I am currently working on a book manuscript based off my dissertation while exploring digital presentation of my research. This includes, among other things, expanding my research on Sino-African sports exchanges, analyzing various born-digital sources, and developing an online database for some of the materials I have collected.
In late 2014, I completed my dissertation on "The Politics of Socialist Athletics in the People's Republic of China." My dissertation traces the political significance of sport to the Chinese socialist state between 1949 and 1966 by examining state-sponsored tiyu (loosely translated into English as "sports and physical culture") and the connection between its two intertwined goals: tiyu for every citizen, and the development of elite sports programs. My conclusions are based on numerous sources I personally collected from the Chinese Foreign Ministry Archives, the Beijing Municipal Archives, and the Shanghai Municipal Archives.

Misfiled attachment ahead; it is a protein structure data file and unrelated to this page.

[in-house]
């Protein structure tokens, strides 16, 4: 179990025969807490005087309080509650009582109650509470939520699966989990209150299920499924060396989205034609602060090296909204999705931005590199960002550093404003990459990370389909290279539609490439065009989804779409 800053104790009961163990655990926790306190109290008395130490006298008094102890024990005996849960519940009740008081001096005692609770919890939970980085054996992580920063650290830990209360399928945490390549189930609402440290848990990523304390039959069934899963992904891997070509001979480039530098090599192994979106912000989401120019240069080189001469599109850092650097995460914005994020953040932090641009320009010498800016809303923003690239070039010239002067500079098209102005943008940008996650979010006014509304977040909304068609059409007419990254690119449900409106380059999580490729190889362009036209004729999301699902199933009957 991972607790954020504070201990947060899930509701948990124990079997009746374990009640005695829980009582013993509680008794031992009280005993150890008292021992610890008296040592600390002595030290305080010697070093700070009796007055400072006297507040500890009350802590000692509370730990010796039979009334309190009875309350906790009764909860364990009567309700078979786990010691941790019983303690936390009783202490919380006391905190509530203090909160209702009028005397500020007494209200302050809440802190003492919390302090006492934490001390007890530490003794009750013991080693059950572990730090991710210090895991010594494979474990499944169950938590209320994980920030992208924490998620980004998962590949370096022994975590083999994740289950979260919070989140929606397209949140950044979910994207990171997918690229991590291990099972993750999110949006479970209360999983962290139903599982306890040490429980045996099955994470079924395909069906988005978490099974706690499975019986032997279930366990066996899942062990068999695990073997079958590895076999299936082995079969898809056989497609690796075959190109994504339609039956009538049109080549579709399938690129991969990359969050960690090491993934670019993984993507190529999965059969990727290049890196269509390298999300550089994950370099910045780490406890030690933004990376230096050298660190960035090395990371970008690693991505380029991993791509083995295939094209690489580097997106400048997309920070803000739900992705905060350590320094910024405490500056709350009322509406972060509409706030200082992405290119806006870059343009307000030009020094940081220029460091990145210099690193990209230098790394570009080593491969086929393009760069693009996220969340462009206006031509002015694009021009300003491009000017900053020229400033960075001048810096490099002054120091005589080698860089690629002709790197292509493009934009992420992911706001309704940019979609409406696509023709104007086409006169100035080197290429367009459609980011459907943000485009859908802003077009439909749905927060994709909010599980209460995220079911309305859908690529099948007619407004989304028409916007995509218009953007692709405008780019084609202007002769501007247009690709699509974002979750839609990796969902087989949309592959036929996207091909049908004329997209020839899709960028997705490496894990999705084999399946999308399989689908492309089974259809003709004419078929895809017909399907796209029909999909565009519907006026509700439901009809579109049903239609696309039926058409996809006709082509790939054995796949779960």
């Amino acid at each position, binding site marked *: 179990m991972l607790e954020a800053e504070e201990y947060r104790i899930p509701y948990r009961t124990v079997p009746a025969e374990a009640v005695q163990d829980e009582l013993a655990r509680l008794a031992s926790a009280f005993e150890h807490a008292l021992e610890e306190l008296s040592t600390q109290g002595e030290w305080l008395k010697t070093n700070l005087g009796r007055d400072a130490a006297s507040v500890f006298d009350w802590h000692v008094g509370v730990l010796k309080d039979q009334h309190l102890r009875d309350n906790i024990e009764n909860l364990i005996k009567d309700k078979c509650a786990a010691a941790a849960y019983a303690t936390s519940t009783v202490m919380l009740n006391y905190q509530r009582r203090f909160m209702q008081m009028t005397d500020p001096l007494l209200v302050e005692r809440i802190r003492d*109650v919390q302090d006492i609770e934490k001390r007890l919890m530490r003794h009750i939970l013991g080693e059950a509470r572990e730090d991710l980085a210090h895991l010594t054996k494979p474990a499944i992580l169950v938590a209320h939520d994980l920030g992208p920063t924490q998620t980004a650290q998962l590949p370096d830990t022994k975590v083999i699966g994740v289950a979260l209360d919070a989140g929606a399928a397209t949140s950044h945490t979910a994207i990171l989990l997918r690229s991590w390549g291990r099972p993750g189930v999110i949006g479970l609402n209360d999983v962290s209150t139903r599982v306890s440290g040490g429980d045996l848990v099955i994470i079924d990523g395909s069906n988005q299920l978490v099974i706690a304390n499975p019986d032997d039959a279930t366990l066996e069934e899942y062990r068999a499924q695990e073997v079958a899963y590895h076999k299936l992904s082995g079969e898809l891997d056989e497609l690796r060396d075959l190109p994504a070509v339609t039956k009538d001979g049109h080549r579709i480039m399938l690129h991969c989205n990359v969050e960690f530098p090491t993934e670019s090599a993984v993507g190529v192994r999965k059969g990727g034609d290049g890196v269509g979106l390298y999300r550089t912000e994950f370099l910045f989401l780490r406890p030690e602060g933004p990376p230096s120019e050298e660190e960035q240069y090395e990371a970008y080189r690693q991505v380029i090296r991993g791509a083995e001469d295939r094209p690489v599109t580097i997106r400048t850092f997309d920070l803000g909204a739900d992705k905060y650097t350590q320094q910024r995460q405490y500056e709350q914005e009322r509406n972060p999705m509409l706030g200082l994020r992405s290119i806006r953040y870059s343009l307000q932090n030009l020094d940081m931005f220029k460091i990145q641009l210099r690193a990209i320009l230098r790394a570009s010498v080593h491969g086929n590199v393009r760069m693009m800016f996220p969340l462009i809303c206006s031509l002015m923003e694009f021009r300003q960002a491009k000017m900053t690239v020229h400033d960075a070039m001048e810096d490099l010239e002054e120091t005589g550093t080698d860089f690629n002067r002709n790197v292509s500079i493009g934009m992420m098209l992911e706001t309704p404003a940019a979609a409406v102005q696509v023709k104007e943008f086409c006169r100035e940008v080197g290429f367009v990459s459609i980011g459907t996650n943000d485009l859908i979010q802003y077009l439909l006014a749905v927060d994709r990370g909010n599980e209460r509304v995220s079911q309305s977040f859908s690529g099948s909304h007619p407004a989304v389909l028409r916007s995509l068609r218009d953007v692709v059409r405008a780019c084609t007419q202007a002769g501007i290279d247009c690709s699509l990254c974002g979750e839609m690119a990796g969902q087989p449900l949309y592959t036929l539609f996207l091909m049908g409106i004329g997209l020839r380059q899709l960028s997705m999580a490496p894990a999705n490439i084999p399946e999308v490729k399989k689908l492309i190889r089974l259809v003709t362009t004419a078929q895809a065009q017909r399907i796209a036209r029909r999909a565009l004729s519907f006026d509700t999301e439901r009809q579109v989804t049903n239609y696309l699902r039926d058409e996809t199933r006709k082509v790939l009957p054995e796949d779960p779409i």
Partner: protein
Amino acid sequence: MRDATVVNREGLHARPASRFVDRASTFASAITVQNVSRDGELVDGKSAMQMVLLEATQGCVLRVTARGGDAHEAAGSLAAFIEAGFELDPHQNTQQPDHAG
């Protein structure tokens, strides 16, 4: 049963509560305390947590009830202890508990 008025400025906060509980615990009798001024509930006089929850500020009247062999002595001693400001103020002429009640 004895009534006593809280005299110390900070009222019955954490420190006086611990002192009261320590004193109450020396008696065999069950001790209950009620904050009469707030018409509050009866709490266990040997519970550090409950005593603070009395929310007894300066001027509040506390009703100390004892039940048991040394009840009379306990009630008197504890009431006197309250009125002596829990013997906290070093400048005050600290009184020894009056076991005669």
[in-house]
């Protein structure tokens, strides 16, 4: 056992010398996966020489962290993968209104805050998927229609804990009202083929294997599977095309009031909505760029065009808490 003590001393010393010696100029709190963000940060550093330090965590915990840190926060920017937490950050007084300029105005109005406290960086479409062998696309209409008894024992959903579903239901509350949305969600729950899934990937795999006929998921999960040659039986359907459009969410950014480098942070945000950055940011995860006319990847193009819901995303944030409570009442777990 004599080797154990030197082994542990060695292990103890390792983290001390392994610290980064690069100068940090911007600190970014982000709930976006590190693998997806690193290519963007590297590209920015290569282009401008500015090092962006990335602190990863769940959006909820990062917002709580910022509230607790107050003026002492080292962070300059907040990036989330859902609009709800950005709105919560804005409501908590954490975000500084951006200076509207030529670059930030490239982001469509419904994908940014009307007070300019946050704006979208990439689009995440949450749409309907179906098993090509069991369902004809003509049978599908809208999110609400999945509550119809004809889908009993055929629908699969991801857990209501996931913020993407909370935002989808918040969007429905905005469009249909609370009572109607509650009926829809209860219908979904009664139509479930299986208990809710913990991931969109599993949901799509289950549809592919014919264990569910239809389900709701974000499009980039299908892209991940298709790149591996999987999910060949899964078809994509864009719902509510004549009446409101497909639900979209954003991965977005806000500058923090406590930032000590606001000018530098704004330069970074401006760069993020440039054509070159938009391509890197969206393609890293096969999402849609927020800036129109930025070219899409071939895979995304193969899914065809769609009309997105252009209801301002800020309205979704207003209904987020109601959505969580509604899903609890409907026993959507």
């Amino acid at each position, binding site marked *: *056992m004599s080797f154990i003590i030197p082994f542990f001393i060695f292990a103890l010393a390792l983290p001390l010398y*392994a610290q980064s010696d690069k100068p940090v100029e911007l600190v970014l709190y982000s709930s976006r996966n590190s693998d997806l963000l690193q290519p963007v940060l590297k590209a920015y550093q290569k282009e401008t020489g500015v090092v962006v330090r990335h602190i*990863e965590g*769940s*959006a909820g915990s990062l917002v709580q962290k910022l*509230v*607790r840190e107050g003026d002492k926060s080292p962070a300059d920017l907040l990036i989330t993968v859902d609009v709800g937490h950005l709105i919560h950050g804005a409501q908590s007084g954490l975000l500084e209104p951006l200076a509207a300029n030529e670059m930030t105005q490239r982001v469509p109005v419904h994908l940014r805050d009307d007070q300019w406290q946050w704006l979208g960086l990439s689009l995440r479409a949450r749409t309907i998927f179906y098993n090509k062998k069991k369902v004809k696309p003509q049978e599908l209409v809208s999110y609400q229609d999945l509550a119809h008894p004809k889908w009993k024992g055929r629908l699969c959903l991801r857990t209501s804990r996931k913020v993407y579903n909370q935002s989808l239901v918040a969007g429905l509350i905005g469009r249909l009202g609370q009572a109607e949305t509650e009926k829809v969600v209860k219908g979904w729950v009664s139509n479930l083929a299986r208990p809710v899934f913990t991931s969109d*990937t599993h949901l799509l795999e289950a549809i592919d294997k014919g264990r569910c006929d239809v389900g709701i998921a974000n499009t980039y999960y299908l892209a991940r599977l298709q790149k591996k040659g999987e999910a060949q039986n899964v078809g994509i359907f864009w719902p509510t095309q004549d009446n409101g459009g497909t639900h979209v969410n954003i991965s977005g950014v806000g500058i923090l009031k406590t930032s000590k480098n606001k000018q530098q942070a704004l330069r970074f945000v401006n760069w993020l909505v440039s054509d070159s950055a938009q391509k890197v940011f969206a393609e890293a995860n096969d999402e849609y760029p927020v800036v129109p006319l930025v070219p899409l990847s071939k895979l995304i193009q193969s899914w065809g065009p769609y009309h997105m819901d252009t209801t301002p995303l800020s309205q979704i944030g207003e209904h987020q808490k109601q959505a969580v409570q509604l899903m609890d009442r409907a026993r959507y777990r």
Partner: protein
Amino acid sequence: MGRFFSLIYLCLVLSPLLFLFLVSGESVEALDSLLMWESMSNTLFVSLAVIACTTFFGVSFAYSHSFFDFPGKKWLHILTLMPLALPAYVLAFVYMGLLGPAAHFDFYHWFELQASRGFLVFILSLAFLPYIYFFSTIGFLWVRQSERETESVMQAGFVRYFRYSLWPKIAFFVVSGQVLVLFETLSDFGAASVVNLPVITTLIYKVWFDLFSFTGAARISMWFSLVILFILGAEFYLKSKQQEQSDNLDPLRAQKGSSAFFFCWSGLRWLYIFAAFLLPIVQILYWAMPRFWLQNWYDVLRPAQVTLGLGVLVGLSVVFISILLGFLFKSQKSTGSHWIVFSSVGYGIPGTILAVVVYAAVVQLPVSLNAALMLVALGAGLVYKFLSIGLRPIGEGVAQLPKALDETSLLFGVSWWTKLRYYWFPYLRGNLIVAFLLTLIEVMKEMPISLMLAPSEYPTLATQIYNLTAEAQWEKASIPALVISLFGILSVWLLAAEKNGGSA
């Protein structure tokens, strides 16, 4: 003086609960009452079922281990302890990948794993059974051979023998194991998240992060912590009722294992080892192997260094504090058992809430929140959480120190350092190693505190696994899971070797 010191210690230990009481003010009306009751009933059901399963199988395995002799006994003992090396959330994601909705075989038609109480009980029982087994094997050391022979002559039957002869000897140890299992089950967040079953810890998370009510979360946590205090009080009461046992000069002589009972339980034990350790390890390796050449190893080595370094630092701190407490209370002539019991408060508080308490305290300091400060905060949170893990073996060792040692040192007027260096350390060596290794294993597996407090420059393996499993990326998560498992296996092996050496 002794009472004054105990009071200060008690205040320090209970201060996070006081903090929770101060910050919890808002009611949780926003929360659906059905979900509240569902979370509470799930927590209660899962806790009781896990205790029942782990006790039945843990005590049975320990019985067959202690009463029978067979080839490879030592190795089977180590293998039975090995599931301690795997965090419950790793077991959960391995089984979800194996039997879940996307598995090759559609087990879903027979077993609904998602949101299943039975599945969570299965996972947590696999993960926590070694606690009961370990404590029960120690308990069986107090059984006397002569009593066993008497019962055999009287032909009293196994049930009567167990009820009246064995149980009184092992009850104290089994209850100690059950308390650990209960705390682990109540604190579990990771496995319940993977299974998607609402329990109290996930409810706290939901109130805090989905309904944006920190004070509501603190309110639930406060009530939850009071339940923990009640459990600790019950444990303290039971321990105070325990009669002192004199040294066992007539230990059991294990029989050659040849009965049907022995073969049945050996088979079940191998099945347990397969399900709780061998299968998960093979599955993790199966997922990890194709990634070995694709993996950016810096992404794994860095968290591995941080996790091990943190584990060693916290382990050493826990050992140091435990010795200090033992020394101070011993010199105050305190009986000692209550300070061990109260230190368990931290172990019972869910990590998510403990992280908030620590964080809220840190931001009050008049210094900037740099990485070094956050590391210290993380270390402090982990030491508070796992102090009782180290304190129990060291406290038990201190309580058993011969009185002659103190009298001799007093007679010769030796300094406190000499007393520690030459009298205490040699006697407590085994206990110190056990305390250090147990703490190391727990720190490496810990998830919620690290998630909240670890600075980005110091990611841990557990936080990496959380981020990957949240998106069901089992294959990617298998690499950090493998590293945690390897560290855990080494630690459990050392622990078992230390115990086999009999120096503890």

In my master's paper, I wrote about the first "Games of the New Emerging Forces" (GANEFO), an international sports competition held in 1963 in Djakarta, Indonesia in which more than 2,000 athletes from around the world took part, and in which the PRC played a leading role. Because the PRC withdrew from the International Olympic Committee (IOC) in August 1958, the first GANEFO offered Chinese athletes their first real opportunity to participate in a large-scale international sports competition. The GANEFO also served as a platform for the PRC leadership to express China's post-Sino-Soviet split worldview and geopolitical position as a socialist leader for decolonized African and Asian nations. I have since published two articles related to this topic.
Renmin ribao [People's Daily], November 17, 1963
banner at the top reads: "International Olympic Committee ostrich competition"
first mound (top left): "non-recognition of GANEFO"
second mound: "non-recognition of new world records"
third mound: "we don't know anything about the Games of the New Emerging Forces"
caption: "Who can keep their head buried the longest?"